top of page

Boys Don't Cry

New Zealand culture is a funny thing. ‘Yeah, nah’ means no, we call strangers ‘mate’, and we are adamant our Aussie brothers stole our claim to fame (not the All Blacks: Pavlova). But one thing that’s not so funny is our expectations of men. The ‘bloke’ culture can be a classic gag but it also makes it hard for our men to talk about feelings.

Why is it we associate emotions with femininity? Men are human, they breathe, feel and think just like women, so why is it that an increasing number of males are diagnosed with some sort of mental health issue? I took to the streets to find out our male students’ thoughts.

Sam, 18

“I think it’s because we build up men to be strong and powerful so if they talk about it, they feel weak. Like, we all have problems and stuff but I think generally men tend to want to bottle it up.

I guess it’s just the culture though; your boys are for yarns and beers but you don’t really go much further than that. Like, you may have a really close mate that you can talk to, but you don’t really talk that much about feelings.

I reckon we all need a feeling circle or something where we just tell our mates that we love them. It would probably be weird but I guess if we all do it, it would be sweet.”

Jack, 22

“Growing up as an Asian New Zealander, our culture is even more closed off. Families show support in other ways, like financial aid. They don’t really sit you down and say “I’m proud of you”. I get why depression is a huge thing for guys because we don’t really have anyone to talk to. I think most of us just release our emotions physically like at the gym or playing sports but I think we need to talk about our emotions more.

My sister was treated like a precious flower but I was told I have to be strong because one day I’ll be head of the family. It’s a lot of pressure really but I don’t want to bring it up with my family. I don’t want to think I failed or let them down because they think I can’t handle it.”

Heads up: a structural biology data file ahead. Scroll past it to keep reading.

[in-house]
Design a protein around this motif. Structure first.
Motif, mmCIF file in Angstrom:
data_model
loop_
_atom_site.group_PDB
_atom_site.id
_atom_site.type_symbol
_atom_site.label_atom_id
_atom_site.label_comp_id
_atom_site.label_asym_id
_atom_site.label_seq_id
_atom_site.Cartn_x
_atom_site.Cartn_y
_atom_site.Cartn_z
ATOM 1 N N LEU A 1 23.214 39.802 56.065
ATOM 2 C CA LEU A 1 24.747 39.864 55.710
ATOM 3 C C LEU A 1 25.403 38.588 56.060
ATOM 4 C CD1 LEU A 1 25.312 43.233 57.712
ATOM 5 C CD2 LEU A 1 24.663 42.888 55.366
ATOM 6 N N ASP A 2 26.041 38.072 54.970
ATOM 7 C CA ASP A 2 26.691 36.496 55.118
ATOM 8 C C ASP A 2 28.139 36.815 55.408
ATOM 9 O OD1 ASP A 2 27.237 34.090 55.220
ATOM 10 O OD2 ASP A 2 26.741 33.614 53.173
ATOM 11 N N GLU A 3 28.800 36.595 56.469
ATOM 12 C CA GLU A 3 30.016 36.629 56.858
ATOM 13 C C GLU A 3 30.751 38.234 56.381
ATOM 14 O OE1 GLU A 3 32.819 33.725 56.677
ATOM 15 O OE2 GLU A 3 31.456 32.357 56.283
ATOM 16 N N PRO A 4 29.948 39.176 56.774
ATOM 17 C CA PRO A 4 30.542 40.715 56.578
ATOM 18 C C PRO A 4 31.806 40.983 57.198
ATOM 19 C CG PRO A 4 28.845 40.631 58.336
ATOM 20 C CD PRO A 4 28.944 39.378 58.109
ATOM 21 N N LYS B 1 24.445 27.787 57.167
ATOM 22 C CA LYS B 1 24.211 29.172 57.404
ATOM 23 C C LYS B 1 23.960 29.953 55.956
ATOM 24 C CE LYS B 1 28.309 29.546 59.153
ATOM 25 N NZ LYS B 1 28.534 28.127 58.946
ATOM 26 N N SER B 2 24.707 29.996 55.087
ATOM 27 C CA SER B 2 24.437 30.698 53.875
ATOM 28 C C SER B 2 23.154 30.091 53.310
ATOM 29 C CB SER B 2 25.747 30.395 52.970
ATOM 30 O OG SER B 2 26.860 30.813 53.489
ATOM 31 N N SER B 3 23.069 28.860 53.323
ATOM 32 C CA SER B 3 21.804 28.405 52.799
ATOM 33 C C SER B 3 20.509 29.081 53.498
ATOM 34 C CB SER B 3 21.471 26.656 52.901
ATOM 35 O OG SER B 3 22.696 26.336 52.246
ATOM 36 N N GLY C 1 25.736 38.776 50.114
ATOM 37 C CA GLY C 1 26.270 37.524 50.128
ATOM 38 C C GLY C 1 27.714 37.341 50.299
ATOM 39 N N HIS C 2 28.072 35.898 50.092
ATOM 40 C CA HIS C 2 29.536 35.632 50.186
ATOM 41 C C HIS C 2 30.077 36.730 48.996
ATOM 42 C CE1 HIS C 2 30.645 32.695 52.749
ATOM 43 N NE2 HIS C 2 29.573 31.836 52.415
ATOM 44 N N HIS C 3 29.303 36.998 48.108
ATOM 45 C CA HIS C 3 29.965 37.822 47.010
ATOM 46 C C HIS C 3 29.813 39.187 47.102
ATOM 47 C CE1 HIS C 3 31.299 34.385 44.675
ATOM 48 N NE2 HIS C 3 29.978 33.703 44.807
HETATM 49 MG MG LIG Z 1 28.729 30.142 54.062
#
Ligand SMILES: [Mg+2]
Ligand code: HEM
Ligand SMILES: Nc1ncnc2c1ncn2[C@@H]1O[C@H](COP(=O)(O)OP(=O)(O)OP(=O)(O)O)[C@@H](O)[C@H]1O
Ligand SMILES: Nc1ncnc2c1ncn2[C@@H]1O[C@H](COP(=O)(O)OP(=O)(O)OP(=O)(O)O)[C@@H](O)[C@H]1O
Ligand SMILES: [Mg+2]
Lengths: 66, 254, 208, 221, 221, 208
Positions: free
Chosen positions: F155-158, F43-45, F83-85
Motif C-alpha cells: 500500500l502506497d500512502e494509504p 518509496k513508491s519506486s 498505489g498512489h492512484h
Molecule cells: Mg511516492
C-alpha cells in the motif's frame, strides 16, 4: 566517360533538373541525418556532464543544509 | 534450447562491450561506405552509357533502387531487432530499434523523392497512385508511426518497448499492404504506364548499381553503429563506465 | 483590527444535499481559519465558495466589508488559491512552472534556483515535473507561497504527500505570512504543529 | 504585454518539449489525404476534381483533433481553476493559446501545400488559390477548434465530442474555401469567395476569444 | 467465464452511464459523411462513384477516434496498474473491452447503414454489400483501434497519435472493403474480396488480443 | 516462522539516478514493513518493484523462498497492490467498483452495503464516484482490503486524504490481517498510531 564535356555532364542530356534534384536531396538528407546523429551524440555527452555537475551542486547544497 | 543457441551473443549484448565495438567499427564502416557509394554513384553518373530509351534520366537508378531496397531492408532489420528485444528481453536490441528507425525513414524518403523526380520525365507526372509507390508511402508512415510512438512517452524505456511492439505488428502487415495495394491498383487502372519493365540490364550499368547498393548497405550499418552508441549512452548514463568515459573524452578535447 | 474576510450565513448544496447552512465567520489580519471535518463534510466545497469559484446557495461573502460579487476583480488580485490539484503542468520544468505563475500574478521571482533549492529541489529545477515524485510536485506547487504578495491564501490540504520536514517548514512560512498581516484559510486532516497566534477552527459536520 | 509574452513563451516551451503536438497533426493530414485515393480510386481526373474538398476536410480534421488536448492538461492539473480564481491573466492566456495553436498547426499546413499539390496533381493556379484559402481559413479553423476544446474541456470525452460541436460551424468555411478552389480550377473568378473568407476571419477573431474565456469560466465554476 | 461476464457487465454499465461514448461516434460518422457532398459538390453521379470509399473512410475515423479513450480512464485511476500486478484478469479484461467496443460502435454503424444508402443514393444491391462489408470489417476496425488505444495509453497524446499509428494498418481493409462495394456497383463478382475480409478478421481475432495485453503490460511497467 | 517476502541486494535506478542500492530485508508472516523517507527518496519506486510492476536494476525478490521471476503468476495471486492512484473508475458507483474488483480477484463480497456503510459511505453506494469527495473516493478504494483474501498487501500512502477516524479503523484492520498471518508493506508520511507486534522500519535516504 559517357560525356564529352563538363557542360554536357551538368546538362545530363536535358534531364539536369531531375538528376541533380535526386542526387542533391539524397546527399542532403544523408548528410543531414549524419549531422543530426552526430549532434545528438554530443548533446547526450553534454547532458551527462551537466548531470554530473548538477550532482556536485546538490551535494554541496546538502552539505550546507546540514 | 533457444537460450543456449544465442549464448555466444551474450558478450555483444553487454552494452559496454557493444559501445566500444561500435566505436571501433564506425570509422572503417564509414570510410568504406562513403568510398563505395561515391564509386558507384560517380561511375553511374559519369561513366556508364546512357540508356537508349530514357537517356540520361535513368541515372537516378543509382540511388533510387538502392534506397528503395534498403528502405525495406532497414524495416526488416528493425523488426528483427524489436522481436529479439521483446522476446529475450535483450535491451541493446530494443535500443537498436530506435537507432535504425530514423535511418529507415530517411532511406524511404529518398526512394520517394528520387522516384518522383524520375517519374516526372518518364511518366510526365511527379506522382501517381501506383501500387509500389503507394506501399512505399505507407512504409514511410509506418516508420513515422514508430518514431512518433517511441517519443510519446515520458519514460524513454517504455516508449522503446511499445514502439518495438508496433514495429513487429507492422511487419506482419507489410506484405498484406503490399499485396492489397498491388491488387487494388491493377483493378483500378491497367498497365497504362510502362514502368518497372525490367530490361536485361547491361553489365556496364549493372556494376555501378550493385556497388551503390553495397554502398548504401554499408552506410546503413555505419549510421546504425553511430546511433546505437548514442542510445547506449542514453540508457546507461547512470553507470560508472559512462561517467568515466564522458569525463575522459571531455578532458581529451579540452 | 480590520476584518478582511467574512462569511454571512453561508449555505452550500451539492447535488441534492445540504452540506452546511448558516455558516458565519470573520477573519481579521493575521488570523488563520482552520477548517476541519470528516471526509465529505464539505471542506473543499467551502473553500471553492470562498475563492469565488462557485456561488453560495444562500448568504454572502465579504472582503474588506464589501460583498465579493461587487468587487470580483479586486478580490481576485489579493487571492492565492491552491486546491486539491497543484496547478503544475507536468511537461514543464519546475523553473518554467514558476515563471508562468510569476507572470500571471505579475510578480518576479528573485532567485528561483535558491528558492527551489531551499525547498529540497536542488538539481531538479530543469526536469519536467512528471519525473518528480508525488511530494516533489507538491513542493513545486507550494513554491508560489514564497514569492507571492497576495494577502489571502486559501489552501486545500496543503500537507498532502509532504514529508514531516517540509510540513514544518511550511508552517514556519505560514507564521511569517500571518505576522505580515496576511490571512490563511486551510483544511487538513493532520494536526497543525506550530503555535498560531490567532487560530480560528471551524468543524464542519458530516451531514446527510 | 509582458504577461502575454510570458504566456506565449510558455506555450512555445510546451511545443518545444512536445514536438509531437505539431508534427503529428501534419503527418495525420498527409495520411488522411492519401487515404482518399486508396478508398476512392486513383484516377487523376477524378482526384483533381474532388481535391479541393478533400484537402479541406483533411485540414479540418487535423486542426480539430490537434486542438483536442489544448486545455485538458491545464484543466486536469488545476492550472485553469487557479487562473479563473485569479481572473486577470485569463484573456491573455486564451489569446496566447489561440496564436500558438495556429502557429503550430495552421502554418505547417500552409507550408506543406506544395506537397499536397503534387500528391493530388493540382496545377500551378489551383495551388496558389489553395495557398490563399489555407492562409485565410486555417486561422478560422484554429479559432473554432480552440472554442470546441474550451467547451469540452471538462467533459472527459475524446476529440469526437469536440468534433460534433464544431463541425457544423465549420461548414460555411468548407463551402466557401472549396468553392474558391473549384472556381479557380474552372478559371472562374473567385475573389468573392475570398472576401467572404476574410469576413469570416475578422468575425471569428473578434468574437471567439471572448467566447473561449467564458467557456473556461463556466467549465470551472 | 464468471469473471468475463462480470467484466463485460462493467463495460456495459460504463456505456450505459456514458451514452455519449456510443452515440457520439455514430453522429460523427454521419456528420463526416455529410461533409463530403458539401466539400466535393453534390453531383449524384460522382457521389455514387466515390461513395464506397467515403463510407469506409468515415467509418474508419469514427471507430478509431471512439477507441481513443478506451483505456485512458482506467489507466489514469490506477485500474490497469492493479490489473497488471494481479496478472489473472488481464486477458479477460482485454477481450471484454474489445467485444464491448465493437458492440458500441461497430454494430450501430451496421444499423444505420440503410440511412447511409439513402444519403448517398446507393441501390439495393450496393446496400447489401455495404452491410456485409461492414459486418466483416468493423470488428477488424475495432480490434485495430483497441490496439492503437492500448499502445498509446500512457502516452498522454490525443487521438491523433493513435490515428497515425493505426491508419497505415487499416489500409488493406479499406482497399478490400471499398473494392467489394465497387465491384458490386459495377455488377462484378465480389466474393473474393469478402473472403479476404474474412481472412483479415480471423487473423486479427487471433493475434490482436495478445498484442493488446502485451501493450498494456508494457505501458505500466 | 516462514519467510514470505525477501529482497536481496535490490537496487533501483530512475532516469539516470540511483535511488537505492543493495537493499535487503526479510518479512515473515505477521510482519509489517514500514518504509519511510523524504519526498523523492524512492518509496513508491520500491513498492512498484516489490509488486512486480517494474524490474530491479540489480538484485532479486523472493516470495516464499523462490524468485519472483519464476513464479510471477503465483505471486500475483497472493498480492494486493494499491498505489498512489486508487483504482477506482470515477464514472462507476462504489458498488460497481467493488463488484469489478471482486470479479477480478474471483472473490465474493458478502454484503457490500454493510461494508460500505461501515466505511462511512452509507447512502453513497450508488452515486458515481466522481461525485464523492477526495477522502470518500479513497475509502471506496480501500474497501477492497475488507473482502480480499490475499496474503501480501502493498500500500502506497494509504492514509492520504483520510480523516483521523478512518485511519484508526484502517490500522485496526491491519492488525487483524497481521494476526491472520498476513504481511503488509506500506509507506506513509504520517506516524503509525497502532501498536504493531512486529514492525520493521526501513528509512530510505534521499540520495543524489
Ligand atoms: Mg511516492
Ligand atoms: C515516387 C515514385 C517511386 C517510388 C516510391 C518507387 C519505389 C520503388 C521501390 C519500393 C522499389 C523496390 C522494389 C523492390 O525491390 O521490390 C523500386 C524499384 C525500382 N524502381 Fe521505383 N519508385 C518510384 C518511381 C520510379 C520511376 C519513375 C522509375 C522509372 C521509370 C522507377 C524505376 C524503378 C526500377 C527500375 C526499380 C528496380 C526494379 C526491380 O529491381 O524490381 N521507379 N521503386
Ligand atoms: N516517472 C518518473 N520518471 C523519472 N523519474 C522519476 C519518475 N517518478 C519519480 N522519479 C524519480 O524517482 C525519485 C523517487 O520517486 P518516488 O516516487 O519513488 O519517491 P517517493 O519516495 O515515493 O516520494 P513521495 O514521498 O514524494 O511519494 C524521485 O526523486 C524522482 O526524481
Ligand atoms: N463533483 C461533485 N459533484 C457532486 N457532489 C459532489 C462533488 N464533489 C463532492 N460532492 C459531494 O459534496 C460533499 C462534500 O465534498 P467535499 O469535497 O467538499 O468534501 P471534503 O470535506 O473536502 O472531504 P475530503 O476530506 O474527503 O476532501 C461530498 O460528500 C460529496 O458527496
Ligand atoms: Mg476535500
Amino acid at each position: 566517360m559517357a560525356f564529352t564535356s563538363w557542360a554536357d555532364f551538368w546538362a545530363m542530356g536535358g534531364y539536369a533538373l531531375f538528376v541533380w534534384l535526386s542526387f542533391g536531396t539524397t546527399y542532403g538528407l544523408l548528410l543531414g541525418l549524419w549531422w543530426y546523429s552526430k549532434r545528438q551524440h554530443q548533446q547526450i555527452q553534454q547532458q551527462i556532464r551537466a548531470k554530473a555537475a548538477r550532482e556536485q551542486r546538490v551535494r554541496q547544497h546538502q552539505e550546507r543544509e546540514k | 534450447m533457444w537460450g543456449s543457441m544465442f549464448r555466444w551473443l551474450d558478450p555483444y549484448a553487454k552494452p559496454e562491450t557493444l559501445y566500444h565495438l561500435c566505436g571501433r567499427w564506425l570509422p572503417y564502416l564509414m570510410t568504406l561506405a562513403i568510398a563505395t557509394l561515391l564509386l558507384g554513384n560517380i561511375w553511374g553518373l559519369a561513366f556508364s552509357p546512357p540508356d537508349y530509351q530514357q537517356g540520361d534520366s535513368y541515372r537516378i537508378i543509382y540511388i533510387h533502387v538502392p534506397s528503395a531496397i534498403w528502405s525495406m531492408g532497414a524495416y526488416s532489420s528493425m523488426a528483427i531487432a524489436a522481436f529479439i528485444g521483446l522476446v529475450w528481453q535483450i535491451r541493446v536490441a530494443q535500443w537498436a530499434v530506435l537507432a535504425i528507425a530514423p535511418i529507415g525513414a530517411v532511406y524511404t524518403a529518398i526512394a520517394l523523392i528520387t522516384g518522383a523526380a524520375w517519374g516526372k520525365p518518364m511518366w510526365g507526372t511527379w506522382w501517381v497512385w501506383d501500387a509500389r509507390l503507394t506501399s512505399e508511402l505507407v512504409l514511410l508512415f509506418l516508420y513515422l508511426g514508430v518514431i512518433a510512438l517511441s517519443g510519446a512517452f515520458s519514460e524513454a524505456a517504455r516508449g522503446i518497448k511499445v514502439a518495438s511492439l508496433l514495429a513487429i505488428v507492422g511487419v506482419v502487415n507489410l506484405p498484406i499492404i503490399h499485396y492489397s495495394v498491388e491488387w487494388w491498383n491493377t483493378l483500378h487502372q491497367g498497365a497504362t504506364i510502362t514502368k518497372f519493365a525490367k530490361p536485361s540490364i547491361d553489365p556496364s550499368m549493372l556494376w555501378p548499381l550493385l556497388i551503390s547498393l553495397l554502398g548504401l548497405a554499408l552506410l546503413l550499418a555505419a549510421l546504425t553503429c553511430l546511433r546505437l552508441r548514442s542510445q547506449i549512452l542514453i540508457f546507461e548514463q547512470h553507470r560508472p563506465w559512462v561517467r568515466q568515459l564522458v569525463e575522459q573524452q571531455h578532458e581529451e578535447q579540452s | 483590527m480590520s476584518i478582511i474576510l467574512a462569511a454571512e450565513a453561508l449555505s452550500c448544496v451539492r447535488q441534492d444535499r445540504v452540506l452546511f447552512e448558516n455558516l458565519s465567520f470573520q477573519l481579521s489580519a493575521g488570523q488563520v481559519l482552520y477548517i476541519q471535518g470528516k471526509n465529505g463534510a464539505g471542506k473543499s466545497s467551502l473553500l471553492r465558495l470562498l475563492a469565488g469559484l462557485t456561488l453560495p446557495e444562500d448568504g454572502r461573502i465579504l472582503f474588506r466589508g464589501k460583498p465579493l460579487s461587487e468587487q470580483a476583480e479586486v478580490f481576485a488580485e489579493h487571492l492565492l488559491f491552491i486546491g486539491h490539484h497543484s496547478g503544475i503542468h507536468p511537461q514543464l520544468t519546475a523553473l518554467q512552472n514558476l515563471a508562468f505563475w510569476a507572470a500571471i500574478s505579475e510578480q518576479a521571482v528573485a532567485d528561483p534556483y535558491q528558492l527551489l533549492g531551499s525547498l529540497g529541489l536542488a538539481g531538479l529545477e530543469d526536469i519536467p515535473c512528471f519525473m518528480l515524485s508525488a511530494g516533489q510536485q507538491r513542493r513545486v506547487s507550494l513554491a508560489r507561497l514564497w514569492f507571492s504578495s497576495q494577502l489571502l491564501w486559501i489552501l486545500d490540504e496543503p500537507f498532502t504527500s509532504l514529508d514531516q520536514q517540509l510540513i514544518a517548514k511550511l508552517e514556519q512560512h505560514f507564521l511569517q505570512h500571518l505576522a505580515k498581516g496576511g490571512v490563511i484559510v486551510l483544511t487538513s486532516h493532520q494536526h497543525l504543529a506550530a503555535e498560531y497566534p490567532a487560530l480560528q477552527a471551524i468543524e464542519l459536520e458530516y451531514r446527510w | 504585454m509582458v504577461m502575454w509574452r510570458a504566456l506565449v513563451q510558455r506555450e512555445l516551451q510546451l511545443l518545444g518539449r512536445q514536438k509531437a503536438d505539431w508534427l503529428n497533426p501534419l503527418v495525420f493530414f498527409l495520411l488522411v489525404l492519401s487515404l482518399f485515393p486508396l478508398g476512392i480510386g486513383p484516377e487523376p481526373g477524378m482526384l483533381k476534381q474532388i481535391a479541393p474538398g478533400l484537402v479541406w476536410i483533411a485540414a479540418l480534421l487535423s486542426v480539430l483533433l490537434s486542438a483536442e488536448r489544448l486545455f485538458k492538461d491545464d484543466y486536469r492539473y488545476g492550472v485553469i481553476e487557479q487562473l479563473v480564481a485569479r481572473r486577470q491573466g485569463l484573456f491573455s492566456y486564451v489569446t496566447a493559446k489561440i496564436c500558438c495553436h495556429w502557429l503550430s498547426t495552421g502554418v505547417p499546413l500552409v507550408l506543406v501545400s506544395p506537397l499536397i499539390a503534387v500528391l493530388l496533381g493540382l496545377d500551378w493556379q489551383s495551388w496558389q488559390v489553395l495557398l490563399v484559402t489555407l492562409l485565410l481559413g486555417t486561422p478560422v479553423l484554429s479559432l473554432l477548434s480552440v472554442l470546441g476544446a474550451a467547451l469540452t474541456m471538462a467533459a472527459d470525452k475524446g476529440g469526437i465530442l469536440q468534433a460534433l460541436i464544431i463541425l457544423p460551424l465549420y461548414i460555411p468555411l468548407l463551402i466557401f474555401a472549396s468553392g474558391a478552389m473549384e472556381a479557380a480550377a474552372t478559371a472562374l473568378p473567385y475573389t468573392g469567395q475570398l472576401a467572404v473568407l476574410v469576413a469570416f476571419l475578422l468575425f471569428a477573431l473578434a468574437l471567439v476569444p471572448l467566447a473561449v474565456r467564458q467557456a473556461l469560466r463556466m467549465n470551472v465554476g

Nathan, 22

“It’s kind of hard to tell if your mate is having a rough time. They just seem different, like more aggressive or maybe quieter. In the back of your mind you think you should ask them but you don’t want to look dumb if everything’s all good so you don’t bring it up. Maybe we should.

Going to counselling seems scary and like, super daunting. I don’t think many people want to do it so they just bottle it up inside till they explode. I think most guys would rather have a few beers to get over it than go to an actual place to talk.”

Riley, 19

“For me I think uni stress is a huge thing. It’s super overwhelming but everyone says they feel it too so it kind of makes me feel like I’m overreacting. Like, if I tell someone they’re like, ‘me too’ and so I don’t bring it up again.

I kind of did my own thing and studied by myself because I felt shit when I saw others studying. It made me feel like I was just imagining things because isn’t that how everyone feels?

I didn’t go to the student services at AUT, I guess it’s cos’ I was embarrassed. Like, everyone feels stressed studying so yeah.”

Sean, 20

“I think we need to change the culture and just talk about our feelings. It probably seems weird as at first but just asking each other ‘how’s your day’ and actually answering honestly could do heaps.”

“I mean, New Zealand has such a high suicide rate and I doubt those mates really knew what was going on when they did it. Just talk bro, it could save a life.”

If you or anyone you know needs help, here are some people you can contact.

For all emergencies call 111; Community Mental Health Urgent Response team: 0800 800 717; Central Auckland crisis team: 0800 800 717; North Shore crisis team: 09 487 1414; South Auckland crisis team: 0800 775 222; West Auckland crisis team: 09 822 8500; Lifeline, 24-hour telephone counselling service: 09 522 2999 or 0800 543 354; for support from a trained counsellor at any time free call or text 1737; Suicide Crisis Helpline: 0508 828 865 (0508 TAUTOKO); Healthline: 0800 611 116; Samaritans: 0800 726 666.

bottom of page